From Wikipedia, the free encyclopedia
This is a
list of Unix that are found on various daemons Unix-like operating systems. Unix daemons typically have a name ending with a d.
init  The Unix program which spawns all other processes. As of 2016, for major Linux distributions, it has been replaced by
 Works in cooperation with the remote nfsd to handle client
crond  Time-based
job scheduler, runs jobs in the background.
dhcpd Dynamically configure TCP/IP information for clients.
fingerd Provides a network interface for the
finger protocol, as used by the finger command.
ftpd  Services
FTP requests from a remote system.
Web server daemon.
inetd  Listens for network connection requests. If a request is accepted, it can launch a background daemon to handle the request, was known as the super server for this reason. Some systems use the replacement command
line printer daemon that manages printer spooling.
nfsd  Processes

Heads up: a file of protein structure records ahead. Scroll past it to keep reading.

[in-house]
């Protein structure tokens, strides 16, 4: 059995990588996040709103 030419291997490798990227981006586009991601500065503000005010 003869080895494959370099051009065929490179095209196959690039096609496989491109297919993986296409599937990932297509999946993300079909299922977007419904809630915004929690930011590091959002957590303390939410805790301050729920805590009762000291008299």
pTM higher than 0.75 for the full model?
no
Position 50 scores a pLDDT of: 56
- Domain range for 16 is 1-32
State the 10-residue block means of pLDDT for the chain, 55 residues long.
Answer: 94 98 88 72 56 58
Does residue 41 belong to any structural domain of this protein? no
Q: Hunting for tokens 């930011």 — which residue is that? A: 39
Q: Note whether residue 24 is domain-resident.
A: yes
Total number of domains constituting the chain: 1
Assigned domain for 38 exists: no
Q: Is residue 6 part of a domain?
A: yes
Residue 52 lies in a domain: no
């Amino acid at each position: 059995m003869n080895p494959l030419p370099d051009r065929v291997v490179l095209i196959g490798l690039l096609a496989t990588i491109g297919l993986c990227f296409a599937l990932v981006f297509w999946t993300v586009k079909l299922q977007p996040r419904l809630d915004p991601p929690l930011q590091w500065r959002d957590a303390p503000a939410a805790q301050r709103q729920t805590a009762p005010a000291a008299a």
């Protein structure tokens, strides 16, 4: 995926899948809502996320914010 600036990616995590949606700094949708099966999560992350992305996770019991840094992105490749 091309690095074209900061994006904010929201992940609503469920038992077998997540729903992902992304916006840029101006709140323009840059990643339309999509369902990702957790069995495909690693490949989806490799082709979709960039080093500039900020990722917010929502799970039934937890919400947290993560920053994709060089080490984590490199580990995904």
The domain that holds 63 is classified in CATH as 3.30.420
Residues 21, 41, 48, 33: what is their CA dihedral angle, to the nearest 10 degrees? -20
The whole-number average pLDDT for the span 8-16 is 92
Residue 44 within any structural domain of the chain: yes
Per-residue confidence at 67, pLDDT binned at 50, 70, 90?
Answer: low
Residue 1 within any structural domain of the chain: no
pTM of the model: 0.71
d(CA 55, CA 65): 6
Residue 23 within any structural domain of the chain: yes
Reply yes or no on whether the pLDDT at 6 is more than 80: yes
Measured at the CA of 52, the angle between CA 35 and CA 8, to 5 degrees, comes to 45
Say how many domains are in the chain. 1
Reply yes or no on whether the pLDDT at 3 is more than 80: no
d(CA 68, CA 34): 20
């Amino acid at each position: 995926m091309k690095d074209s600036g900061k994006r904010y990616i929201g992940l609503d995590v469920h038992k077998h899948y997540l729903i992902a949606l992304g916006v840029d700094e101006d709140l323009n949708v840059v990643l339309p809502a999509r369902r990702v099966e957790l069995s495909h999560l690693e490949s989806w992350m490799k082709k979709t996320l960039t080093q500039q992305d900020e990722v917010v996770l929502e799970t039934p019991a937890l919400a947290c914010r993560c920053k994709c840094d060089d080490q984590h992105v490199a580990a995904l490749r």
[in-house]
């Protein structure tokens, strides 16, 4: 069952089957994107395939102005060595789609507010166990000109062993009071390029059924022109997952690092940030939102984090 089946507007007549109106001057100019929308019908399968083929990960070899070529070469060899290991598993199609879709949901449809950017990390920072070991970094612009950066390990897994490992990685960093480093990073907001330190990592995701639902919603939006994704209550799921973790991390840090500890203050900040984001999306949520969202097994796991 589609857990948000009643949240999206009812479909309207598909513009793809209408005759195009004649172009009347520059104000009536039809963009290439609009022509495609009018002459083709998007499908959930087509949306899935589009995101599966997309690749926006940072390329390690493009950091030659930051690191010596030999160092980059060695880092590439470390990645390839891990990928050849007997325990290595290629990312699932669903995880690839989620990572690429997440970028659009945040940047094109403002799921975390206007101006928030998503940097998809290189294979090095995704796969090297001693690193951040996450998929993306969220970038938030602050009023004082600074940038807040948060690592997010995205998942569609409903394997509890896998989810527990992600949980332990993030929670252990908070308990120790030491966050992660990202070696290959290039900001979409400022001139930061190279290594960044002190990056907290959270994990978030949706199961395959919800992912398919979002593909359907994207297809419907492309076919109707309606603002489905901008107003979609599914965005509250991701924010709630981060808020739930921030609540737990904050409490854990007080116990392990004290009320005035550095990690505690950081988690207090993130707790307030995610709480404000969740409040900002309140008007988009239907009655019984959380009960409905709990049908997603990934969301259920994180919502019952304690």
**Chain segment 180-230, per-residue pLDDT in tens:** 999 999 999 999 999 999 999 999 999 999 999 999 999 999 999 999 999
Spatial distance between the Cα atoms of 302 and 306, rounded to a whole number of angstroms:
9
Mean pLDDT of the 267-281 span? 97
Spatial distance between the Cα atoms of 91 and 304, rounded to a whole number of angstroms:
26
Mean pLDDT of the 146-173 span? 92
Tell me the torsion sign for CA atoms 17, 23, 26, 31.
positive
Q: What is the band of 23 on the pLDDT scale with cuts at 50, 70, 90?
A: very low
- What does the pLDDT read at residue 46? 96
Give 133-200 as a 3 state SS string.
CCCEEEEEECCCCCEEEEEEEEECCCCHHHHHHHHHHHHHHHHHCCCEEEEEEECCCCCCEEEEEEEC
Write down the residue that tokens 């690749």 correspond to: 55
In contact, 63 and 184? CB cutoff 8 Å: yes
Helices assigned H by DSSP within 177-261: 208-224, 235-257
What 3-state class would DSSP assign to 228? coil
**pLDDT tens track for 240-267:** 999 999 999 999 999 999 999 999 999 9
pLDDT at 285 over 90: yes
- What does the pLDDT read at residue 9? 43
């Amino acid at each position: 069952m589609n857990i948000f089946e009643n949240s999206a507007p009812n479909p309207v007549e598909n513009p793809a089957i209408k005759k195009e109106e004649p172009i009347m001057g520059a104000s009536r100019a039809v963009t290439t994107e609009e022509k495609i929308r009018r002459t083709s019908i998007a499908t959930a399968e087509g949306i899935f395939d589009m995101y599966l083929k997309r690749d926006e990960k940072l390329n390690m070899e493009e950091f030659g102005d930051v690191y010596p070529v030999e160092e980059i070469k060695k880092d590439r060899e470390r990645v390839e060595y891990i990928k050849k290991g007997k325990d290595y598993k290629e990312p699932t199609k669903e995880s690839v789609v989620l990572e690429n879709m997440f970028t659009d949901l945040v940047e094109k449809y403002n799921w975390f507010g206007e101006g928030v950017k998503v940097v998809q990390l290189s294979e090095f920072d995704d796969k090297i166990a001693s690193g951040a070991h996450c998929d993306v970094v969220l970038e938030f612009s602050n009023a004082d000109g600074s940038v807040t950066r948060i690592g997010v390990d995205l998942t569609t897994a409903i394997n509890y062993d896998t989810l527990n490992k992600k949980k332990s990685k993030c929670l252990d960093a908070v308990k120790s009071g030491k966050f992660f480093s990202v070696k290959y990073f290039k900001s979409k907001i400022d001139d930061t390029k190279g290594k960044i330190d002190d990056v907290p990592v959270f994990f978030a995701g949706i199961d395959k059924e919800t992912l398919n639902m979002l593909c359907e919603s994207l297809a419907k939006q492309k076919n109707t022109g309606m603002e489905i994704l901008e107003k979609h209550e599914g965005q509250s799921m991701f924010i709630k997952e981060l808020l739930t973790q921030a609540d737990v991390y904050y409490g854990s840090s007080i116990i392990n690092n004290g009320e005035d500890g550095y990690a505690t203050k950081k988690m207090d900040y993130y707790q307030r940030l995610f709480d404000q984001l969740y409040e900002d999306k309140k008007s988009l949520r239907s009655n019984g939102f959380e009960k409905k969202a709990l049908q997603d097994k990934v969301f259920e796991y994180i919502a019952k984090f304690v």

NFS operation requests from client systems. Historically each nfsd daemon handled one request at a time, so it was normal to start multiple copies.
Network Time Protocol daemon that manages clock synchronization across the network. xntpd implements the version 3 standard of NTP.
portmap/rpcbind Provides information to allow
ONC RPC clients to contact ONC RPC servers
secure shell requests from clients.
Copies process regions to
swap space in order to reclaim physical pages of memory for the kernel. Also called sched.
syslogd System logger process that collects various system messages.
Periodically keeps the
file systems synchronized with system memory.
systemd Replacement of
init, the Unix program which spawns all other processes.
X11 fonts to remote clients.
Releases pages of memory for use by other processes. Also known as the "page stealing daemon"
Find the server for an
NIS domain and store the information in a file.
See also [ edit ]
References [ edit ]
^ a b c Verma, Archna (2006), , Laxmi Publications, p. 84, Unix and Shell Programming ISBN 81-7008-958-1
^ Saunders, Mike (11 November 2015). "Linux 101: Get the most out of systemd". Linux Voice . Retrieved . 28 January 2016
^ a b Rosen, Kenneth H.; Host, Douglas A.; Klee, Rachel (2006), , Complete Reference Series (2nd ed.), McGraw-Hill Professional, p. 514, UNIX: the complete reference ISBN 0-07-226336-9
^ Stevens, W. Richard; Fenner, Bill; Rudoff, Andrew M. (2004), , Addison-Wesley professional computing series (3rd ed.), Addison-Wesley Professional, p. 372, UNIX Network Programming: The sockets networking API ISBN 0-13-141155-1